Prompted by heightened cries for police reform across the United States, many jurisdictions made significant changes to local law enforcement budgets in 2020-2021, including allocating or reallocating funds to community-based services for individuals with behavioral health needs. These changes often focused on creating or expanding alternatives to a default law enforcement response in cases where staff with more specialized and relevant training could meet needs more effectively.

Much of our work at PRA focuses on the intersection of the criminal justice and behavioral health systems. Our conversations with cities and counties during in-the-field trainings and technical assistance events frequently include discussion of the role law enforcement has and can play within this intersection. The historical merging of law enforcement roles of civil response (as guardian or legal protector) and public safety (as warrior or enforcer) poses challenges when communities wish to explore alternative response options. When officers respond to calls for service involving individuals experiencing a behavioral health crisis, the calls are often related to unmet treatment needs, as opposed to major crimes or violence. However, in most communities, calling 911 and facilitating a response by law enforcement is the first, and sometimes the only, option available.

The Sequential Intercept Model, or SIM, is an ideal tool for communities to use to facilitate cross-stakeholder strategic planning and advance community-based solutions for people with mental health and substance use needs. The SIM recognizes that law enforcement plays a dual role across Intercepts 0 and 1 (Community Services and Law Enforcement, respectively—see image below), and is often the first to respond to individuals in distress. During PRA’s SIM Mapping Workshop, a group of representatives including law enforcement and community-based behavioral health services meet together to assess available resources, determine gaps in services, and plan for community change.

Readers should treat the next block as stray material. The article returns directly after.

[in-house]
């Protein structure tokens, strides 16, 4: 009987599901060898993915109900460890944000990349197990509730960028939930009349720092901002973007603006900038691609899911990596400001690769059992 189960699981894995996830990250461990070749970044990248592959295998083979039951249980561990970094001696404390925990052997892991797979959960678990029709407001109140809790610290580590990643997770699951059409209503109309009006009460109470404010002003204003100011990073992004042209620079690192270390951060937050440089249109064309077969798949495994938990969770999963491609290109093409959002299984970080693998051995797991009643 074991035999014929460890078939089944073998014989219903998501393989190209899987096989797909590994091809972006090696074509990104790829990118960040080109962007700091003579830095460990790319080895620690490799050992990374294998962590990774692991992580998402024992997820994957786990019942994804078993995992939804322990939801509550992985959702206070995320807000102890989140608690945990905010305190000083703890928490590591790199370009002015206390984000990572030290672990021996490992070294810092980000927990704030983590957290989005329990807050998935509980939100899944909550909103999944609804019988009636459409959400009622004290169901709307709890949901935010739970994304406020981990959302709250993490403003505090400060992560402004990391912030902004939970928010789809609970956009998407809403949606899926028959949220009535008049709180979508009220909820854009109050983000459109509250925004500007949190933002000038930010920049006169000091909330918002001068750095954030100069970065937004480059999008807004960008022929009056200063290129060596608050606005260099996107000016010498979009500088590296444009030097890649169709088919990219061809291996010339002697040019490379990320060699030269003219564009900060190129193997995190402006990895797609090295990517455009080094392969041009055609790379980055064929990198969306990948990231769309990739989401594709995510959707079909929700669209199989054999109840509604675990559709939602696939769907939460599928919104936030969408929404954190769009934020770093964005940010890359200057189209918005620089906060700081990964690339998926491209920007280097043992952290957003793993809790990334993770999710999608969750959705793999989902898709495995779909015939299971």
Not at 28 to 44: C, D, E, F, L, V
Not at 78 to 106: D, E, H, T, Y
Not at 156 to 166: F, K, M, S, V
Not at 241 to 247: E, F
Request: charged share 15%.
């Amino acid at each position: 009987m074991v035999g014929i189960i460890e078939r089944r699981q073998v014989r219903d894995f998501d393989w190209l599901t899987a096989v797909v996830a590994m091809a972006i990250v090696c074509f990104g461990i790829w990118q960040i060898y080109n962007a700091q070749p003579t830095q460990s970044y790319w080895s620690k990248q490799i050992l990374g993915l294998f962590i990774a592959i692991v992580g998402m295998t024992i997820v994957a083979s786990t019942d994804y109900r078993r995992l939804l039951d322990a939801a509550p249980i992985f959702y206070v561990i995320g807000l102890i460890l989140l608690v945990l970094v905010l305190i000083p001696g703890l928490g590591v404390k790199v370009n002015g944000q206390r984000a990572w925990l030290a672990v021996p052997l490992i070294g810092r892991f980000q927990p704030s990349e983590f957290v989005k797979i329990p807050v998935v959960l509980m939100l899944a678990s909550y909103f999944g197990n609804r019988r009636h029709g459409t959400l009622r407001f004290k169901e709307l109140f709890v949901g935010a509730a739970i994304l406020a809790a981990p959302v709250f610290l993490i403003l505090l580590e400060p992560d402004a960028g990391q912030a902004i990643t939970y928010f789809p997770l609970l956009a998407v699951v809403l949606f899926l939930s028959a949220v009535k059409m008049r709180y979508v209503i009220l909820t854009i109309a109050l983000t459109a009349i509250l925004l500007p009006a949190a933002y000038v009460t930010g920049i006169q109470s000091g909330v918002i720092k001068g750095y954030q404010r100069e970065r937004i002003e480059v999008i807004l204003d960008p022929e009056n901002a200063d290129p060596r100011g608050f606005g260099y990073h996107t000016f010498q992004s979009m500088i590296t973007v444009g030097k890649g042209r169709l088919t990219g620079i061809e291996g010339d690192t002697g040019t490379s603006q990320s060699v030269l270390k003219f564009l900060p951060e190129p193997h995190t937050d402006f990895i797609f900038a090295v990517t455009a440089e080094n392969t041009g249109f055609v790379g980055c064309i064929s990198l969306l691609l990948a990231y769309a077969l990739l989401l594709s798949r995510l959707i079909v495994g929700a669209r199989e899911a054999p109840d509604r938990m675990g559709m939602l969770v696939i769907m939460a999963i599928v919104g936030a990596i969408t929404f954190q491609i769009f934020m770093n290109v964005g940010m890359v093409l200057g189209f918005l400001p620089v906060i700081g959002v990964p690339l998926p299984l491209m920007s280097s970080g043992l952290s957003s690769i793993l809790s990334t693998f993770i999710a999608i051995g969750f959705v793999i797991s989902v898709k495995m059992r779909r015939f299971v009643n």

A red box highlighting intercepts 0 and 1 of the Sequential Intercept Model

A red box highlighting Intercepts 0 and 1 of the Sequential Intercept Model

While changes to local law enforcement budgets has been a headline-catching focus over the last 2 years (for a more robust overview and analysis of the migration of law enforcement funding from 2020 through December 2021, see What Happened to Defunding?), we continue to stress the question of “divert to what?” (or more specifically here, “defund to what?”) in our work with local jurisdictions. It is vital that we acknowledge how the steady defunding of public institutions, including housing, health care, and education over the past several decades have led to increased demand within Intercepts 0 and 1. True system change will only be achieved by providing the adequate funding and infrastructure necessary for a continuum of behavioral health options, tailored to a variety of needs.

As communities use the SIM and Mapping Workshop to reimagine their local response systems, they should lay the groundwork for both first response and potentially a second response, examine local gaps and resources to determine what services are available, or can be, and determine whether people know how to access those services without a call to police. It is also essential that data-driven evaluation efforts are funded and lead to publicizing what is working across various communities and diverse populations, to improve public safety and public health for all.